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ORIGINAL ARTICLE
Year : 2016  |  Volume : 29  |  Issue : 3  |  Page : 530-538

The effects of using pregabalin versus clonidine premedication in laparoscopic cholecystectomy


1 Department of Anesthesia and Intensive Care, Faculty of Medicine, Menoufia University, Menoufia, Egypt
2 Department of Medical Biochemistry, Faculty of Medicine, Menoufia University, Menoufia, Egypt

Correspondence Address:
Nadia M Bahgat
Department of Anesthesia and Intensive Care, Faculty of Medicine, Menoufia University, Menoufia, 32511
Egypt
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Source of Support: None, Conflict of Interest: None


DOI: 10.4103/1110-2098.198695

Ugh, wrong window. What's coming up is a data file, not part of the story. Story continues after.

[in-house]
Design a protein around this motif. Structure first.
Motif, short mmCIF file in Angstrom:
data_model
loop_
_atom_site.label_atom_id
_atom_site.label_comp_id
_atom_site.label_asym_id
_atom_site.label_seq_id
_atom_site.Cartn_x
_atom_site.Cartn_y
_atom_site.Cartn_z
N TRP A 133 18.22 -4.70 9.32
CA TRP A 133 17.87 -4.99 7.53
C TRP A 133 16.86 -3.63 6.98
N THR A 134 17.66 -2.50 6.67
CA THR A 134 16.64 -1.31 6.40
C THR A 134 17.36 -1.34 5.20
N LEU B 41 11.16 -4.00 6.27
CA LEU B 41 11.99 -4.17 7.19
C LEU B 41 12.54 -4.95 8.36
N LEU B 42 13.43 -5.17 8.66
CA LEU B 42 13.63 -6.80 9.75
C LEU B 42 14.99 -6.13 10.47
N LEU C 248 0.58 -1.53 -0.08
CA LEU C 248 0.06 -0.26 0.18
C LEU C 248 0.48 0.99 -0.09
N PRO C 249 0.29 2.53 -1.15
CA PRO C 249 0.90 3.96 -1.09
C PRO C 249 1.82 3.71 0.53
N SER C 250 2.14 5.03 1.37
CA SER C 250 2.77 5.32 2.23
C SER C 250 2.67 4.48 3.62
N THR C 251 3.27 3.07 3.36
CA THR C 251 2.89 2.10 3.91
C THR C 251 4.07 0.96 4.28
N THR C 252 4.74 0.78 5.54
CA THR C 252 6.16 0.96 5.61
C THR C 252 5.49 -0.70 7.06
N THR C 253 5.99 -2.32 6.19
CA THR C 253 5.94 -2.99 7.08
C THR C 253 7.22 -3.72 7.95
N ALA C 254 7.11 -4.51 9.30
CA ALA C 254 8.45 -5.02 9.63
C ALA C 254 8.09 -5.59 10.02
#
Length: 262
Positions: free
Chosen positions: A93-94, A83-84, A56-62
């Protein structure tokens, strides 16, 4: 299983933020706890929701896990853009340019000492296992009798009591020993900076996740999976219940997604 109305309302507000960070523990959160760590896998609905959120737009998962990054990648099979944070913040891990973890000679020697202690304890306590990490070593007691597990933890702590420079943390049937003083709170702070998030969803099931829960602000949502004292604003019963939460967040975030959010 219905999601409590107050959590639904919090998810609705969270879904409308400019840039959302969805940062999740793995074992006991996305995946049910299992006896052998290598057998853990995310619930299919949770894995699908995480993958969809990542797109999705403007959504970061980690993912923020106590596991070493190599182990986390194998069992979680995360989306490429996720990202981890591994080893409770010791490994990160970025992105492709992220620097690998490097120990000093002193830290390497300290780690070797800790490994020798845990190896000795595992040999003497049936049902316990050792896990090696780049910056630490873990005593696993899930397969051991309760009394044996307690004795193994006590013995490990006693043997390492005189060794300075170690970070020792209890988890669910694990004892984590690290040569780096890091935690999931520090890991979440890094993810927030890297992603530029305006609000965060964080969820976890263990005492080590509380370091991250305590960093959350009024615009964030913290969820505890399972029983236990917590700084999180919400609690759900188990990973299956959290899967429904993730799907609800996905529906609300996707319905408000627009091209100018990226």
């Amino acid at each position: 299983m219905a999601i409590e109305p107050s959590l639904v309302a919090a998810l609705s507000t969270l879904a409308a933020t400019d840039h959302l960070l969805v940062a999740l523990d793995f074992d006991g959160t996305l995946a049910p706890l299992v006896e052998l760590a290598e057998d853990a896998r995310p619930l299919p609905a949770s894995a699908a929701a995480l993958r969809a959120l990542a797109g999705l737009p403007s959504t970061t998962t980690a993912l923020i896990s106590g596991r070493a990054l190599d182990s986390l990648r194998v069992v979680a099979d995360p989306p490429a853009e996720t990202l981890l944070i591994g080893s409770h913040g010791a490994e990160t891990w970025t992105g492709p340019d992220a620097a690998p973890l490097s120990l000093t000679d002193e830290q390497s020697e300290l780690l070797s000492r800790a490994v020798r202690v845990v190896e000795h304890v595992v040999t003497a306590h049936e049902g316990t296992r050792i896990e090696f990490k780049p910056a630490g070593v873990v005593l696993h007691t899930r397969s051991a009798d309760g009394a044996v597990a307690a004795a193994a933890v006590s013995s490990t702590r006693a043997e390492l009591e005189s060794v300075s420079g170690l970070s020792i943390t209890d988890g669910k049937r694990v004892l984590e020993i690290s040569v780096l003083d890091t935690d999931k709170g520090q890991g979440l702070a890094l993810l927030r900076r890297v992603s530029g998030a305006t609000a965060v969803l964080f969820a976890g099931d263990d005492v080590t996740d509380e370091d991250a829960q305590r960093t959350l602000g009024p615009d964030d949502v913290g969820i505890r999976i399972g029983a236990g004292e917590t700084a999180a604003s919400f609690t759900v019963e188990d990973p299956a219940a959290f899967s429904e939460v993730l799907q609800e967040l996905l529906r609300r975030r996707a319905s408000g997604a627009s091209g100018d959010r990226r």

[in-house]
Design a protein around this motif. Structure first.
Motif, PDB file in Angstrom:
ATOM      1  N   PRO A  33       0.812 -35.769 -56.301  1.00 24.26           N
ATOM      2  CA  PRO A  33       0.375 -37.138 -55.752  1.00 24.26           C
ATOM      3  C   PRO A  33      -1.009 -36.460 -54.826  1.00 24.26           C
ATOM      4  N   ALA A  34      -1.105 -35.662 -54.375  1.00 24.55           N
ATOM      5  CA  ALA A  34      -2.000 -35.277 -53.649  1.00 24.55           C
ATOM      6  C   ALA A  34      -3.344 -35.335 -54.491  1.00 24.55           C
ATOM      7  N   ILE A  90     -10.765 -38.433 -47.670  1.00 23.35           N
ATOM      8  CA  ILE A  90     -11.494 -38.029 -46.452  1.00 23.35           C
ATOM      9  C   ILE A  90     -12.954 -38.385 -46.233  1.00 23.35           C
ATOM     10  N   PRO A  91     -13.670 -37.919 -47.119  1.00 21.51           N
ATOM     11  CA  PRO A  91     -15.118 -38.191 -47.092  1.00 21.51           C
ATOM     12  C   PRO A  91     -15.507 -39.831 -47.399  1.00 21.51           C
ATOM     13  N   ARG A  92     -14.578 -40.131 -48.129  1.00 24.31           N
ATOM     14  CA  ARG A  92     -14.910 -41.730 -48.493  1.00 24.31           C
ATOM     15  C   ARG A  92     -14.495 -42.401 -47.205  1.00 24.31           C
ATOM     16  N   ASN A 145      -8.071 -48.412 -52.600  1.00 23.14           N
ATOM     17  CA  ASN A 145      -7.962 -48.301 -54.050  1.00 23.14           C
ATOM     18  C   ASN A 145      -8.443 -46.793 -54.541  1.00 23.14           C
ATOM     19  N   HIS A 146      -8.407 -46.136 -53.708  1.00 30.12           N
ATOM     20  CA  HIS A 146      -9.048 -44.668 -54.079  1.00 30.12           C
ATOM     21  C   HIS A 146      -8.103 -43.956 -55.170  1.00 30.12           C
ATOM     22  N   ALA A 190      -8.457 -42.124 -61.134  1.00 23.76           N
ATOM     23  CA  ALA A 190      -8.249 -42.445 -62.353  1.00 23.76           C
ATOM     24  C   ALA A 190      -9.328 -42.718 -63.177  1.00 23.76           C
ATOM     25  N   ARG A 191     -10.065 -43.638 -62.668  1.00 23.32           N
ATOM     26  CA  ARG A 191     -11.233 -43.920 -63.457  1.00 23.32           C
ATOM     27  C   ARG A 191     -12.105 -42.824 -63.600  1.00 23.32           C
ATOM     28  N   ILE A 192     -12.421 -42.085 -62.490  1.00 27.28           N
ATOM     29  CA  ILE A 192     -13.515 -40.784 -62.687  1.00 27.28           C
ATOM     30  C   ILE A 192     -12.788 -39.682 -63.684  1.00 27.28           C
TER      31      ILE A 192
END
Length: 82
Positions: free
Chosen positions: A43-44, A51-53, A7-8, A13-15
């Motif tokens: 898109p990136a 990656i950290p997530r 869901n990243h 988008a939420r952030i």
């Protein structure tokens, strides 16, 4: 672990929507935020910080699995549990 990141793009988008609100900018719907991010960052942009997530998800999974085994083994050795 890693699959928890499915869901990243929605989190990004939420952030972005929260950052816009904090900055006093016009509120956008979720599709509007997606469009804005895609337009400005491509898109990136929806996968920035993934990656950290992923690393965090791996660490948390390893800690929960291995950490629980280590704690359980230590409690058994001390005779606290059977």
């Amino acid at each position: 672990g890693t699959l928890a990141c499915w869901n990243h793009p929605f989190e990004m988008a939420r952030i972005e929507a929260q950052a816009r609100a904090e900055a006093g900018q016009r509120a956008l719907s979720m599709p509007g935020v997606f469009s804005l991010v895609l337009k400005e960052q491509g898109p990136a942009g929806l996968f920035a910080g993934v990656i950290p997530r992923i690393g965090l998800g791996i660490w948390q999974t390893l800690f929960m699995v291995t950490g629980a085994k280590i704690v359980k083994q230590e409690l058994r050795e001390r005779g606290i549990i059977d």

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Objectives The aim of this study was primarily to compare the efficacy of oral premedication with pregabalin versus clonidine on stress response and hemodynamic stability during laryngoscopy in adult patients undergoing elective laparoscopic cholecystectomies, and, second, to evaluate sedation, anxiety, and postoperative analgesic effects of both oral premedications. Background Laparoscopic cholecystectomy induces hemodynamic responses, which should be attenuated with appropriate premedication. Moreover, after laparoscopic cholecystectomy, patients report visceral pain and shoulder tip pain resulting from diaphragmatic irritation, which should be relieved with appropriate analgesics. Patients and methods Sixty adult patients aged 18-60 years with American Society of Anesthesiologist physical status I of both sexes scheduled for elective laparoscopic cholecystectomy were randomized to receive pregabalin 300 mg (group P), clonidine 200 μg (group C), or placebo (group O), given 90 min before surgery as oral premedication. Anesthetic technique was standardized and all groups were assessed for preoperative sedation level using the Ramsay Sedation Scale, along with changes in heart rate and mean arterial pressure, before premedication, before induction, after laryngoscopy, after creation of pneumoperitoneum, and after extubation. Intraoperative propofol, isoflurane, and opioid drug requirement and postoperative complications were recorded. Results Perioperative sedation levels were higher with pregabalin than with clonidine, without prolongation of recovery time. Statistically significant attenuation of mean arterial pressure and heart rate to laryngoscopy and laparoscopy was observed in the premedicated groups. The visual analogue scale scores of both the pregabalin and the clonidine group were significantly lower than that in the control group at 1, 4, and 8 h after surgery. Conclusion This study confirms that oral premedication with pregabalin 300 mg or clonidine 200 μg produces sedation and hemodynamic stability during laparoscopic cholecystectomy and a decrease in postoperative pain and analgesic consumption.


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